The US Preventive Services Task Force (USPSTF) issued recommendations that all pregnant and postpartum women should be evaluated in order to determine risk for depressive illness and recommends that women at increased risk for perinatal depression should be referred for counselling. While these recommendations focused primarily on the utility of cognitive-behavioral therapy (CBT) and interpersonal therapy (IPT) in this setting, it is important to note that other behavioral and psychotherapeutic interventions may be useful and effective.
Felder and colleagues explore the use of mindfulness training in a group of pregnant women. The participants in this study were drawn from a study of an 8-week mindfulness-based program focusing on stress, depression, and excessive gestational weight gain compared to treatment as usual (TAU) in a racially and ethnically diverse group of overweight or obese, predominantly low-income pregnant women (n = 215).
Women who were 12–19 weeks gestation were eligible to enroll in the intervention of mindful moms training or MMT. Women who were 20–23 weeks gestation or unable to attend MMT classes who otherwise met the study criteria were eligible for TAU. The Patient Health Questionnaire (PHQ-9) was used to measure depressive symptom severity at baseline, post-intervention during the third trimester, and at 6 and 18 months postpartum.
MMT was adapted from three interventions: mindful motherhood training (Vieten, 2009), Supporting Health by Integrating Nutrition and Exercise, and Mindfulness-Based Eating Awareness Training (Kristeller & Wolever, 2011). Women attended eight weekly 2-hour mindfulness training sessions. In addition to mindful eating exercises, the program included mindfulness training for stress reduction using both formal (e.g., sitting meditation) and informal (e.g., mindfulness of daily activities) practices to promote nonreactivity to and nonjudgmental acceptance of negative experiences.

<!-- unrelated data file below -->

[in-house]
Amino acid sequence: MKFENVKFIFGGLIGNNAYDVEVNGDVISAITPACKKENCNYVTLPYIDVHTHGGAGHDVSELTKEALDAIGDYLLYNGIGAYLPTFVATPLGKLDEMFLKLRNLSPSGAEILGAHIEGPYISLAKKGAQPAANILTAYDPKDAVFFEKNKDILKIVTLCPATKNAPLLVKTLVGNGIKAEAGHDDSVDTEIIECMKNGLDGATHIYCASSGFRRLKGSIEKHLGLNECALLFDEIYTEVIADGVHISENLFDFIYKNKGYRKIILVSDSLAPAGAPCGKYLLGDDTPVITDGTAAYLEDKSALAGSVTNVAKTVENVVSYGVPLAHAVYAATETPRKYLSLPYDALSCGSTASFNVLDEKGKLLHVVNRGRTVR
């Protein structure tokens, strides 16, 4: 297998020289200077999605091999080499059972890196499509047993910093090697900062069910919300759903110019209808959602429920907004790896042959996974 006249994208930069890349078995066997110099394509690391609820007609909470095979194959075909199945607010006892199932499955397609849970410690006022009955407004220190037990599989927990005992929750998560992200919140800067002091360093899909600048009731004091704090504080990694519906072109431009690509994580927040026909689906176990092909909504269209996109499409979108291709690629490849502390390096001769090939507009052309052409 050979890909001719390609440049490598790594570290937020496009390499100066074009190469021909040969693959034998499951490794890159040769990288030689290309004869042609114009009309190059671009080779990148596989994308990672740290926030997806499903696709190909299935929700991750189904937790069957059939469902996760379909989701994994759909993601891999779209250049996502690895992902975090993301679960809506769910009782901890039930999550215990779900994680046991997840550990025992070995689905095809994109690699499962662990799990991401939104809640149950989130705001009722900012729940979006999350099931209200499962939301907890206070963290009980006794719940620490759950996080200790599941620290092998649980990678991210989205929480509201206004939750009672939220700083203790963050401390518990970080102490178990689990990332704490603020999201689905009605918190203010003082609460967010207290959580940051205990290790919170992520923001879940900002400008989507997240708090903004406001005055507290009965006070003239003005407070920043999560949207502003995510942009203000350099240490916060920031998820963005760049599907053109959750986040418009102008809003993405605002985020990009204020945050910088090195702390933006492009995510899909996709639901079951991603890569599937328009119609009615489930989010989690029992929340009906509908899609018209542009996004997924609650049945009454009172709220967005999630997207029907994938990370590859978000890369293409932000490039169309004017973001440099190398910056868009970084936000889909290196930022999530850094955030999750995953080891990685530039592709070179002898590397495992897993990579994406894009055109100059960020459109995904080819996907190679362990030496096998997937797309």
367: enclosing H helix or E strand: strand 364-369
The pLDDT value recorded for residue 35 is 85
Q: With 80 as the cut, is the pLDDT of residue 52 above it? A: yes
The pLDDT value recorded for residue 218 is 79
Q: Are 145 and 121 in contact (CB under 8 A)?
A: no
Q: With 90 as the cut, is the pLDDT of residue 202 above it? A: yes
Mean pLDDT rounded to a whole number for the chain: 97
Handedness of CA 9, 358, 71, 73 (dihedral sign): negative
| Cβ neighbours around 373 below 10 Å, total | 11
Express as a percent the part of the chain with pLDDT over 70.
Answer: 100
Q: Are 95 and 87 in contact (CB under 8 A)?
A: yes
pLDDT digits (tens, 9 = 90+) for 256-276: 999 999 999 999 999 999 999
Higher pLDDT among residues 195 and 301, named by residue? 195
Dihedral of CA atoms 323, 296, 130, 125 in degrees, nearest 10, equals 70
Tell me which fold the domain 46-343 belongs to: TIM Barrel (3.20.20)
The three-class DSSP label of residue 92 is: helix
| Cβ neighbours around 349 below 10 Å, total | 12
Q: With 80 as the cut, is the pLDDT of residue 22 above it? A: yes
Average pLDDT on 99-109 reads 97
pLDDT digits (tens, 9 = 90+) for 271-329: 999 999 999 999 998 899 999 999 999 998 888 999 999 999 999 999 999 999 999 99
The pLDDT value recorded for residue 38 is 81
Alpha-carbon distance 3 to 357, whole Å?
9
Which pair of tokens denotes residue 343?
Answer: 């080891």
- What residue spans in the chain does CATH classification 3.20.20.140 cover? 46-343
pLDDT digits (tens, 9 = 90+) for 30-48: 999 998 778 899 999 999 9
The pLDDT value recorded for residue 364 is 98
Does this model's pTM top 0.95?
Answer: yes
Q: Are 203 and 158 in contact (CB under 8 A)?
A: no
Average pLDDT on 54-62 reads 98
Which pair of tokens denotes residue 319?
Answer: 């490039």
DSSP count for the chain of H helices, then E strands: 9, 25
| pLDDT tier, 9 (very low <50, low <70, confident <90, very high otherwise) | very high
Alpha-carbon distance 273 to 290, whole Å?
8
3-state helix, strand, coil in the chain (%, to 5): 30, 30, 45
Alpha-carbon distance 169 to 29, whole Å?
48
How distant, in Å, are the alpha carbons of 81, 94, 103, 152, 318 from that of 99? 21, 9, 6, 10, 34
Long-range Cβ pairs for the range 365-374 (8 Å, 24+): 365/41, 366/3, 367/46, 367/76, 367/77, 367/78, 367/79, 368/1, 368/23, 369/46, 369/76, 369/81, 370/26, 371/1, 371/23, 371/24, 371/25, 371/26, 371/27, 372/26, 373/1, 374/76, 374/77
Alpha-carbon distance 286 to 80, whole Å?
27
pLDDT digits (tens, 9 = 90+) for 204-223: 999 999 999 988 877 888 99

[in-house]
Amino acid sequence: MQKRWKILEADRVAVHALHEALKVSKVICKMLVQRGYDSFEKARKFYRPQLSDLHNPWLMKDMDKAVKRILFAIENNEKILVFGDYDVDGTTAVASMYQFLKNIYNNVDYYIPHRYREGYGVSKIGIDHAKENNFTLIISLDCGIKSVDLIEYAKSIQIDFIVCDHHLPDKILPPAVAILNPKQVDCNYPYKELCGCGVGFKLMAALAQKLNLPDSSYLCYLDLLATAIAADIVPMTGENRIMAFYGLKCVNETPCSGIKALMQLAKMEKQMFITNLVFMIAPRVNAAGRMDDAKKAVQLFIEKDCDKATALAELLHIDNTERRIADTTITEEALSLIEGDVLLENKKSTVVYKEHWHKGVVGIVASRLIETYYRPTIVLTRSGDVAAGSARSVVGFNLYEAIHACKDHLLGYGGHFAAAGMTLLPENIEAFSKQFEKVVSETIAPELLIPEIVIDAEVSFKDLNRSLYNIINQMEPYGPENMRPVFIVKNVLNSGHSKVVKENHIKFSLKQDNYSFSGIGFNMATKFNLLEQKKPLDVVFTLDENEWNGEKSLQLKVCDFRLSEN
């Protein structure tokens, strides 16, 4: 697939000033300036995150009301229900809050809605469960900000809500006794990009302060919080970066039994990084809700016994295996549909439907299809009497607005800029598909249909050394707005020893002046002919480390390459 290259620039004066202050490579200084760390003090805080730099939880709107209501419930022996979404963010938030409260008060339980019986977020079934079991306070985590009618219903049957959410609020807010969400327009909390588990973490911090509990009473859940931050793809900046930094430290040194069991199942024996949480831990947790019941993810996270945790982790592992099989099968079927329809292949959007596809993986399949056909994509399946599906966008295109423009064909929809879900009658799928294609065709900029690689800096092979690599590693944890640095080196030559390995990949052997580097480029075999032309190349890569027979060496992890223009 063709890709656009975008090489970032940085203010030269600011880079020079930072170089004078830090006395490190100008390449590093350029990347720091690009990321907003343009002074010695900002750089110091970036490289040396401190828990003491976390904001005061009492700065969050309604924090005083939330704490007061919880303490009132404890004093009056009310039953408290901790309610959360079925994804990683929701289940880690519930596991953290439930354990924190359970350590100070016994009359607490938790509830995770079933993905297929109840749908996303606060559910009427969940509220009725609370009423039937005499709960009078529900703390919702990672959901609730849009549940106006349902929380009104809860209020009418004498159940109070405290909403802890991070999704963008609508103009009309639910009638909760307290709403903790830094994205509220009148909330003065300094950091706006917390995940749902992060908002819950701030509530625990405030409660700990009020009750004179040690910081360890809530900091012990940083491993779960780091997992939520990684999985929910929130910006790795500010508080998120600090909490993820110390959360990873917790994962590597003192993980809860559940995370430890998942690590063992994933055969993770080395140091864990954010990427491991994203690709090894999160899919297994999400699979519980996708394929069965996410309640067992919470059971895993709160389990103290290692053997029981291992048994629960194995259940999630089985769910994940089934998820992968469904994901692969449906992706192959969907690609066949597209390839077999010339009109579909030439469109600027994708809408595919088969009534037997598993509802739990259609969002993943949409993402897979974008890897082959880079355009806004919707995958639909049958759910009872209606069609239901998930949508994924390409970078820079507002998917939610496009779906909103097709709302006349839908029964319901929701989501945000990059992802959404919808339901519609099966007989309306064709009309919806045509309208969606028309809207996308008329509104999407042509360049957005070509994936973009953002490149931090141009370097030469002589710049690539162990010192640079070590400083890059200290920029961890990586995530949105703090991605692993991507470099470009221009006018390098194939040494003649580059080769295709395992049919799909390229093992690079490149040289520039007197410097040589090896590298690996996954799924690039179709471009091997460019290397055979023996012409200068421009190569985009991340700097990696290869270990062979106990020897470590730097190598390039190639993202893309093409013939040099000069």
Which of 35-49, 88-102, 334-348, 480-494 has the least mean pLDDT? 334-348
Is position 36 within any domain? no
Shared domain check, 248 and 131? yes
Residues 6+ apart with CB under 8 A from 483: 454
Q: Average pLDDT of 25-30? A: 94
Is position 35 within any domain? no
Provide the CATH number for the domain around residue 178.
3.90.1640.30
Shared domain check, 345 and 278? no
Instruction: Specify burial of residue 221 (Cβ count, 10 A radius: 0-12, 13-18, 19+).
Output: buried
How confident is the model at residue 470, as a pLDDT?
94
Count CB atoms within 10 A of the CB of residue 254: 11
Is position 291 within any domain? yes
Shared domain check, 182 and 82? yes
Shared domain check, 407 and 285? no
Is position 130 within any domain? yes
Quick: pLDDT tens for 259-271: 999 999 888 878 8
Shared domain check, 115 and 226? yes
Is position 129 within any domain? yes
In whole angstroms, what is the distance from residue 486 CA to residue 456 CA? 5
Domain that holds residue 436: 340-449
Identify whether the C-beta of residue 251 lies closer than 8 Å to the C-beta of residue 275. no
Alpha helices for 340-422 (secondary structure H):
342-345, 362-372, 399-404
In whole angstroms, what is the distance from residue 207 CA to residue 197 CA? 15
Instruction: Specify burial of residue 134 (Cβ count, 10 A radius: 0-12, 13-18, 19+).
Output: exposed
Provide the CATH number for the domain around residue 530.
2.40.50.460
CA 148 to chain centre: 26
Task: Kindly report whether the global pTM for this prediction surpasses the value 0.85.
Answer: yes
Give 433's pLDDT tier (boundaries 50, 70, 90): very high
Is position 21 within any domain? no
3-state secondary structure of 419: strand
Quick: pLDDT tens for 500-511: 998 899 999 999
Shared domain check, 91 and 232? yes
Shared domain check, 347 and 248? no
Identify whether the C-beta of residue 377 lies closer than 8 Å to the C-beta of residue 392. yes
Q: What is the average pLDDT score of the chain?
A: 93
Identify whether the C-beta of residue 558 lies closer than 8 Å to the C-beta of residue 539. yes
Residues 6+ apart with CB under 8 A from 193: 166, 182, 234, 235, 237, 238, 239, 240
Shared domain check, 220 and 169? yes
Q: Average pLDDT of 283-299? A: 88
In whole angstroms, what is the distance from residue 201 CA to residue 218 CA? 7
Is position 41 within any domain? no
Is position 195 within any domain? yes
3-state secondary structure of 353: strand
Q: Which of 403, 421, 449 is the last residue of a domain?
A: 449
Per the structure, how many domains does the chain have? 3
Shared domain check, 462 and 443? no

The researchers identified three distinct subgroups of depressive symptom severity during the perinatal period: none/minimal (20.9%, mean PHQ = 0.95, SD = 0.73), mild (52.9%, PHQ = 4.28, SD = 1.53), and moderate (26.2%, PHQ = 10.23, SD = 2.76). Adjusting for relevant covariates, the risk of having moderate depressive symptoms was reduced by nearly 90% in participants receiving the MMT intervention (OR = 0.13, 95% CI = 0.03-0.54).
The Bottom Line
In this population of overweight and obese women, this mindfulness-based intervention delivered during pregnancy reduced the risk of experiencing moderate depressive symptoms up to 18 months postpartum. Although this mindfulness intervention was originally designed to target excessive weight gain, it did employ techniques to promote stress reduction. The authors note that while the generalizability of these results to pregnant women who are not overweight or obese is limited, the intervention may be beneficial to a large number of pregnant women. More specifically, 48% of women begin pregnancy either overweight or obese, and the proportion of overweight women is even higher among ethnic minorities. Although this study focused on overweight women, the intervention focused on healthy eating and lifestyle habits, which would likely be of benefit to most women during pregnancy.
Ruta Nonacs, MD PhD
Felder JN, Roubinov D, Bush NR, Coleman-Phox K, Vieten C, Laraia B, Adler NE, Epel E. Effect of prenatal mindfulness training on depressive symptom severity through 18-months postpartum: A latent profile analysis. J Clin Psychol. 2018 Feb 28.
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